|Spacecraft Mission Pages|
|Mariner 2||Pioneer & Voyager||Voyager||Galileo||Cassini-Huygens|
Where's that spacecraft right now?
Spacecraft Flight Paths
Inter Planetary Spacecraft Positions
This page shows the positions of some of the inter planetary spacecraft that have been launched from the 1960's until present day. The data is provided by NASA's JPL website. This NASA site provides data for quite a few space missions but there are some which are not included or are not complete. Also the data does not look very far ahead for some ongoing missions and so temporary data is sometimes included to complete the missions when possible.
Because the data starts to become confused with so many spacecraft tracks shown, we have created separate pages, each showing one mission or as in the case of Pioneer and Voyager, one page showing closely occurring and similar missions.
See the flight paths and real time positions of these spacecraft:
- Mariner 2 Mission to Venus - the first successful interplanetary probe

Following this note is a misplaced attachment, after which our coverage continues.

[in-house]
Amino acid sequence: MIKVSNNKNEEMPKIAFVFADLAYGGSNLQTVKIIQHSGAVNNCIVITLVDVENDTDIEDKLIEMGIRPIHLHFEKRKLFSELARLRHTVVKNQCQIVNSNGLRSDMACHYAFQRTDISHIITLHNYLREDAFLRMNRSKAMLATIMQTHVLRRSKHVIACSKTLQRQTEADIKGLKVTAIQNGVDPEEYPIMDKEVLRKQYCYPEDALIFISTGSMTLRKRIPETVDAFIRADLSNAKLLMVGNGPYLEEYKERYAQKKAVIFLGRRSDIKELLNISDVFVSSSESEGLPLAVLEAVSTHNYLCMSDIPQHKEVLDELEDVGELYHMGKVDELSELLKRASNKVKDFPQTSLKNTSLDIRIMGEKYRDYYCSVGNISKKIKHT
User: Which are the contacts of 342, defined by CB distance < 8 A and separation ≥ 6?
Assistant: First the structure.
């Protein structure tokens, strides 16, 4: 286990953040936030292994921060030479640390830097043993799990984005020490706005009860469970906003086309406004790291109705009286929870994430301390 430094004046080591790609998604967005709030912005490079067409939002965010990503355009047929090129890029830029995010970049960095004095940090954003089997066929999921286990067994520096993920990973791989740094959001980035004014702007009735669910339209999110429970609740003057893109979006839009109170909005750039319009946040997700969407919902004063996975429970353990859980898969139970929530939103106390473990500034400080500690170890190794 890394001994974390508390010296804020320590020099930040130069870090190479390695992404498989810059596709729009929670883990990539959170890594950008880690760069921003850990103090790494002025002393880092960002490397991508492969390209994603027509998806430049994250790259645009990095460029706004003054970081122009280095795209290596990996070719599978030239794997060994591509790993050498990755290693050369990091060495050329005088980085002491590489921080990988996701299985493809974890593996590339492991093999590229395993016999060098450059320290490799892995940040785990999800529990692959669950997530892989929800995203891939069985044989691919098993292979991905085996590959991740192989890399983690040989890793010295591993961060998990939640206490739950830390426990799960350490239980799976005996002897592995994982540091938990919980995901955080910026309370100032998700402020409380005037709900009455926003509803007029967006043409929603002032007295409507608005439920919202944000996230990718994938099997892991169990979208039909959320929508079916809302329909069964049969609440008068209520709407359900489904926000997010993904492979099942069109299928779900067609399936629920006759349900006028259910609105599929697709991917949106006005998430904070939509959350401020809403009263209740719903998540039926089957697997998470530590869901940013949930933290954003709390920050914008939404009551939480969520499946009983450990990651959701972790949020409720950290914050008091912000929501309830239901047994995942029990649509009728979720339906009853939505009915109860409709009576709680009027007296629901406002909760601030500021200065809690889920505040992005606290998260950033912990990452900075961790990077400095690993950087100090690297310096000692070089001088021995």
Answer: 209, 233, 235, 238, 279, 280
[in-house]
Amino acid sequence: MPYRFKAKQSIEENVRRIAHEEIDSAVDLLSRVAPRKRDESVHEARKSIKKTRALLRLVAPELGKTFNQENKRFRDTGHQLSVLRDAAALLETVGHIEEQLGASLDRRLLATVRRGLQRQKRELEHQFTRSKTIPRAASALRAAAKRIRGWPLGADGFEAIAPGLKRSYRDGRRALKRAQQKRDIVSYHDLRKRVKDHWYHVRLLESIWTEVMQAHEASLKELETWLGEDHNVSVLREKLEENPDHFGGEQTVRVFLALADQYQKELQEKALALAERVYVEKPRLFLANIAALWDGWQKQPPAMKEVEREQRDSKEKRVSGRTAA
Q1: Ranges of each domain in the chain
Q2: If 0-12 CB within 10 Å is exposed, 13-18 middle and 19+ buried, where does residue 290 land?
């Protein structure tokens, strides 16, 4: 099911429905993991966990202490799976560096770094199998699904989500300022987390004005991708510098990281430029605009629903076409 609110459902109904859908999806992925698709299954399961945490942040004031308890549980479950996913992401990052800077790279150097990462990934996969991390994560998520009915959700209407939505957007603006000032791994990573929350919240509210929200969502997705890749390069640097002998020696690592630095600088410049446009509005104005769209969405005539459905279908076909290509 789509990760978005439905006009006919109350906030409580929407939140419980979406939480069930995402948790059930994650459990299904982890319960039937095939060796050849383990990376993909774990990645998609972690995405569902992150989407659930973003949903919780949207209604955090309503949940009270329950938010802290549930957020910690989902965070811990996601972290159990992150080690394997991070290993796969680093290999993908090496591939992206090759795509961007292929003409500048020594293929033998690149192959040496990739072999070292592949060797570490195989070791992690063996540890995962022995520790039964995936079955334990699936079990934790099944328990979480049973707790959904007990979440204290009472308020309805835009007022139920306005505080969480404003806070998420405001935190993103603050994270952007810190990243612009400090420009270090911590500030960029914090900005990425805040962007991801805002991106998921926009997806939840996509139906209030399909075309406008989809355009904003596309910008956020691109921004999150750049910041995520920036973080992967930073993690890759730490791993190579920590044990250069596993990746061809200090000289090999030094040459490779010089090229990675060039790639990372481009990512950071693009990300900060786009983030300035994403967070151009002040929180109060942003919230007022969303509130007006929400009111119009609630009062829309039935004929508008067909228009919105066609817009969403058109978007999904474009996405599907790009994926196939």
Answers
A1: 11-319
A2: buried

- Pioneer and Voyager Missions to Outer Planets
- Voyager 1 and 2 - Animated Planetary Tour
- Galileo Mission to Jupiter
- Cassini Mission to Saturn
- Rosetta Mission to Comet 67P
- Messenger Mission to Mercury
- Dawn Mission to Vesta and Ceres
- New Horizons - Flight Path from Earth to Pluto
- New Horizons - Flight Path through Plutonian System
- Juno Mission to Jupiter
- Hayabusa2 Sample Retrieve Mission from Asteroid Ryugu
- OSIRIS-REx Sample Retrieve Mission from Asteroid Bennu
- ExoMars TGO flight Path to Mars
More missions to follow....
Spacecraft Flight paths... or how do you fly a spacecraft?
This video provides an explanation of spacecraft navigation including Newtons laws and gravitational assists.
Deep Space Network... or "How do we communicate with spacecraft in deep space?"
For a quick explanation watch this brief overview of NASA's the Deep Space network:
For a more leisurely and in-depth (but not too technical) presentation, watch the following video that discusses NASA's deep space network, how it works, how it's improved since the 1950's and where it's going in the future such as using light rather than radio waves.
This video is 50 minutes of presentation followed by 30 minutes of questions.